Popular priests believed to have been behind the tyranny, even Ira was ashamed of

A charismatic country cleric with a penchant for poker and sports cars, Father James Chesney was a priest who allegedly got away with murder.

The Police Ombudsman’s report describes how the RUC believed he was the Director of Operations for the IRA in South Derry and was directly and indirectly involved with the 1972 Claudy bombings in which nine people were killed.

Near the DesertMartin, a curate at Kalian, he was never brought in for questioning.

Chesney’s father John, a Protestant, worked in the faithful Upperlands in Co Derry, but converted to Catholicism after meeting his future wife, Mary Ann.

No one remembers seeing Chesney with his parents, but he was regularly in the company of his wealthy aunt and uncle, Willie and Betty Nunn. The late Evan Cooper, a former civil rights leader and founder of the SDLP, recalled: “They arrived at my house in a bright red Mercedes. She was dripping with fur and waving a tall cigarette holder. The Nun had no children. Father Chesney was like a son to him.”

Cooper spoke of the priest “on the side of the country roads in his sports car”.

He described him as “sophisticated, astonishingly handsome, an extremely magnetic and charming man … was Derry’s answer to Father Chesney Bonnie and Clyde”.

Nunn was a staunch Republican who raised money for the Green Cross, the IRA Prisoners Fund. A former civil rights activist who attended some of their fundraising dinners said: “They were fancy events in a nice hotel, not the usual inmates’ gatherings at Shebanes.

“The food will be arranged in thali so that the colors match the tricolour. Peas on the left, potatoes and chicken in the middle, and carrots on the right. Father Chesney was always talked about at these dinners… he was highly respected.”

A former senior IRA person in Derry told me that Priest was a member: “Like many others, he joined after a wave of anger over how civil rights marchers were treated.

“He was very impressed with the introduction of the internment.”

Ex-provisional attended a meeting at Bellaghy Parish Hall in which Chesney was present: “The meeting was so that the IRA in the City of Derry and Co could have greater coordination of their activities in Derry.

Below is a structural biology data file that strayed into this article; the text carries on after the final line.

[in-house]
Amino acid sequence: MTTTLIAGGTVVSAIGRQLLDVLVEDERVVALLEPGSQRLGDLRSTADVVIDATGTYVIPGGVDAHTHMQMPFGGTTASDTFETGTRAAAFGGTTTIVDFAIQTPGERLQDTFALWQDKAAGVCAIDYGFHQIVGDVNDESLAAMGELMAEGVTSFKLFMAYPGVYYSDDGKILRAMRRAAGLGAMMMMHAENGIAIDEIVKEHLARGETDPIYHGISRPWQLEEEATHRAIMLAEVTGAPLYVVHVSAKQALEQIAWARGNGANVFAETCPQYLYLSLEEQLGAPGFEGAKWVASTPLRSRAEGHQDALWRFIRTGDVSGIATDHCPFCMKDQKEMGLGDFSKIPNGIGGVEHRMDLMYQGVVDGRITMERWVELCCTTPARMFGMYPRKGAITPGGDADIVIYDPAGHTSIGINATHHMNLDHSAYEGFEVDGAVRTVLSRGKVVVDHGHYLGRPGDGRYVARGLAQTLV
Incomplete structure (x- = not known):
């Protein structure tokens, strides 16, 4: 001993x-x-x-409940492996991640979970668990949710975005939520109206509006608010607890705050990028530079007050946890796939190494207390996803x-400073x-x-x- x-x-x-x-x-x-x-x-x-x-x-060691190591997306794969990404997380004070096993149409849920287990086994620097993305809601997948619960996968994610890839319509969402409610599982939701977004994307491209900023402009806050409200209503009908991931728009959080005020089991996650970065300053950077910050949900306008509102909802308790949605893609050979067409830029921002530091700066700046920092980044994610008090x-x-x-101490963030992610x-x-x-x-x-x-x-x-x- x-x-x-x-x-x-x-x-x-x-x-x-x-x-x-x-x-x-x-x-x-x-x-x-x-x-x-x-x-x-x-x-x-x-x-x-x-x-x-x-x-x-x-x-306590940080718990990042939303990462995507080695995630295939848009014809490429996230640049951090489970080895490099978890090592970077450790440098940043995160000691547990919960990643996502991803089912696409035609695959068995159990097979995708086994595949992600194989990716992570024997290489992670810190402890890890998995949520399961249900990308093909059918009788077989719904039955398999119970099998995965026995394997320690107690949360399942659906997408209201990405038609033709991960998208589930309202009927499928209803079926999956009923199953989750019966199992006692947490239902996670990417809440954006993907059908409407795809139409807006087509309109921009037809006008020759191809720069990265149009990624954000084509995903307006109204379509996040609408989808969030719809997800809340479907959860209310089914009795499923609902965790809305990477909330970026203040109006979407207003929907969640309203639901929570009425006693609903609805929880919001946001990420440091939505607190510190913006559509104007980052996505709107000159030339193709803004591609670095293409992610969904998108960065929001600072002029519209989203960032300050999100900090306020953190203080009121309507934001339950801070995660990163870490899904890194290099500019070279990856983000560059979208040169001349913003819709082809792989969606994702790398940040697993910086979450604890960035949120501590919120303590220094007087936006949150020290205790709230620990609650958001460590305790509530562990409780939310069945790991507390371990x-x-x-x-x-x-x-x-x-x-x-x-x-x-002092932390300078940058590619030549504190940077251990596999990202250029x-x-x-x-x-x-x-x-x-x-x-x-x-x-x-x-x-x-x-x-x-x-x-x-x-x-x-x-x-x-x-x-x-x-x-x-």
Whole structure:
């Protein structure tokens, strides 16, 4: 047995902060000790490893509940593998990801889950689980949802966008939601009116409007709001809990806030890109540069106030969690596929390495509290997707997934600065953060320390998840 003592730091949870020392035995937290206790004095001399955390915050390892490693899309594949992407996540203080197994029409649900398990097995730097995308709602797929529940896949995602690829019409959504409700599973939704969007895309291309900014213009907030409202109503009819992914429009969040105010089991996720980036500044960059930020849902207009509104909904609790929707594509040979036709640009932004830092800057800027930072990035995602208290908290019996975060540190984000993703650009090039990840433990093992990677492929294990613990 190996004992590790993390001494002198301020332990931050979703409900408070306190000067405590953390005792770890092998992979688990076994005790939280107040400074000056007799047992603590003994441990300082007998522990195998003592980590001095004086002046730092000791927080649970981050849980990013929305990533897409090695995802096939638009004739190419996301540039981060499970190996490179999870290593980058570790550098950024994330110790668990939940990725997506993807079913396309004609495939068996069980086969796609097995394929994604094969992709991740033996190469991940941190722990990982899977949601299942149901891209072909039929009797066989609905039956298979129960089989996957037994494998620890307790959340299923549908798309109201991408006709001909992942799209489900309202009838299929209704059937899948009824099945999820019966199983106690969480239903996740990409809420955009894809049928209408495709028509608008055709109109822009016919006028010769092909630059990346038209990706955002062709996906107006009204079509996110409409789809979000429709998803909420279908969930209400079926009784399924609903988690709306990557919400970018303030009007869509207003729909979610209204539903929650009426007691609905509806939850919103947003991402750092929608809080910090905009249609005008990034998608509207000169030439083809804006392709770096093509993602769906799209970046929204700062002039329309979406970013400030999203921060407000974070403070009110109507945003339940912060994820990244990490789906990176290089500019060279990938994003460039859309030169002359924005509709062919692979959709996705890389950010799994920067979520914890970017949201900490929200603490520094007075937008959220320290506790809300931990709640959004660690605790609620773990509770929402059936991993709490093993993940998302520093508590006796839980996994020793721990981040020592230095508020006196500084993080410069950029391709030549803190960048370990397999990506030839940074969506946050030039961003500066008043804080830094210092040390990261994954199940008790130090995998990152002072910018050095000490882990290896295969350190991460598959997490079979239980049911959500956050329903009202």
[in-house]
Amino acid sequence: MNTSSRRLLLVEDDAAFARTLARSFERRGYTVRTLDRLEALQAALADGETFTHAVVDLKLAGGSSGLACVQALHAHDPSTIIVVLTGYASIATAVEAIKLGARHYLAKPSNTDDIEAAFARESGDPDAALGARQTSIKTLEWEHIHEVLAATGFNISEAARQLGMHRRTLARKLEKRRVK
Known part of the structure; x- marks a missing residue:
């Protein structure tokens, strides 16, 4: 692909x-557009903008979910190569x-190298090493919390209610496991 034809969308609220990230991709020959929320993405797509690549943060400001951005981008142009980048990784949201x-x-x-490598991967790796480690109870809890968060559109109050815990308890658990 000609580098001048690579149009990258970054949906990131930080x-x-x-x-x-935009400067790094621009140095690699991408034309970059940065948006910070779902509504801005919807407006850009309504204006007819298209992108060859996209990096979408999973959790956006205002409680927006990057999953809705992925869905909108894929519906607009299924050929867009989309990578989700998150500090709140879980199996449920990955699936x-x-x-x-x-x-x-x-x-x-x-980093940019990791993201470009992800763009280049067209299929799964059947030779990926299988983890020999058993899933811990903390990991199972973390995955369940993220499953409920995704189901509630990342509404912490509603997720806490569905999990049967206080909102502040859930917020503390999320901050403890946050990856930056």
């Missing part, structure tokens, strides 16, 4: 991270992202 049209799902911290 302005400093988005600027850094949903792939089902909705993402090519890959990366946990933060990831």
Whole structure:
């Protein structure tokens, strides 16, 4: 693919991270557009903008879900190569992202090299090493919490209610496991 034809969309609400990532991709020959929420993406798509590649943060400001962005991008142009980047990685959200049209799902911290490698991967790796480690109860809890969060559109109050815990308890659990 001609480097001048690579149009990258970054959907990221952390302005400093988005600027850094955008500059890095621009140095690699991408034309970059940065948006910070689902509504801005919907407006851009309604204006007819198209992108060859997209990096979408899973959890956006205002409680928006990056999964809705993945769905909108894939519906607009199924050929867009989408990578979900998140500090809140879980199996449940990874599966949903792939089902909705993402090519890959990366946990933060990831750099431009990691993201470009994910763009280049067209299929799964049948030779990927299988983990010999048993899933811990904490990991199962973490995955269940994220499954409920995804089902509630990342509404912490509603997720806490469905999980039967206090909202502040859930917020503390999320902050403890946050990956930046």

“Meetings were held regularly in the parish halls at Dungwen and Belaghi.

“The church may be tricked into thinking this was a civil rights-type meeting rather than an IRA, or it may deceive itself into believing it.”

The former IRA member described Chesney as “a person who wasn’t afraid to get his hands dirty” and said that while he didn’t swear by new IRA members, he was present at the meetings where it took place.

The Republican noted that Chesney regularly held charity dances or £1,000 bingo sessions: “Often, the proceeds would be simply laundered by men in balaclavas. Other times he would organize these large social gatherings as cover so that Other meetings can take place without the RUC or the British knowing.

On July 31, 1972, three bombs were dropped at the petrol station, the post office and the Beaufort Hotel in Cloudy.

The objective of the IRA was to drive British troops away from the city of Derry.

Thousands of soldiers entered the bogside that day in Operation Motorman, an attempt to take control of no-go areas.

The bombers had planned to give a phone warning from Dungeven, but the telephone exchange – blown up in an earlier IRA attack – was not repaired, so the bombs exploded without warning.

A former Special Branch detective said he was 15 minutes away from arresting Chesney and raiding the parochial house where he believed the weapons had been deposited, but from a senior level “priest alone”. Ordered to leave”.

An assistant chief constable wrote to the NIO asking “what action can be taken to make the dangerous priest harmless”.

One official replied that Secretary of State Willie Whitlaw was discussing the matter with Cardinal Conway who “knew the priest was a very bad man”.

The Cardinal referred to Chesney’s transfer to Donegal, but RUC Chief Constable Graham Shillington said he would prefer a “transfer to Tipperary”.

A heavy smoker, Chesney had heart bypass surgery in the same year as Claudy Bomb.

He was moved to Malin Head, Donegal, where he was a curate for three years, before becoming a pastor at a nursing home for the elderly in Fahan.

He once attempted to book The Boomtown Rats for a community gig. He was instrumental in fundraising to build a massive community center in Burnfoot, where a plaque was later erected to honor his memory.

He was a keen sailor and a member of the Lough Swilly Yacht Club.

Chesney died of cancer in 1980 at the age of 46. He was buried with his mother and father in Maghera, Ko Derry. The gravestone asks visitors to pray for his soul.

Claudy was a senior in the IRA’s Derry Brigade at the time of the bombing, the late Martin McGuinness.

In 2002 he denied ever meeting Chesney. However, in 2010 he admitted that he had done it while the priest was dying.

“I was told he was a Republican sympathizer, would I go to see him and visit him in Co Donegal,” he said.

“I did that. There was no mention of Cloudy Bomb. During that time, he just talked about his support for a united Ireland.

The IRA never acknowledged the atrocities that involved more than a dozen of its members. The focus on Chesney should not obscure the fact that the responsibility for the slaughter extends far beyond that.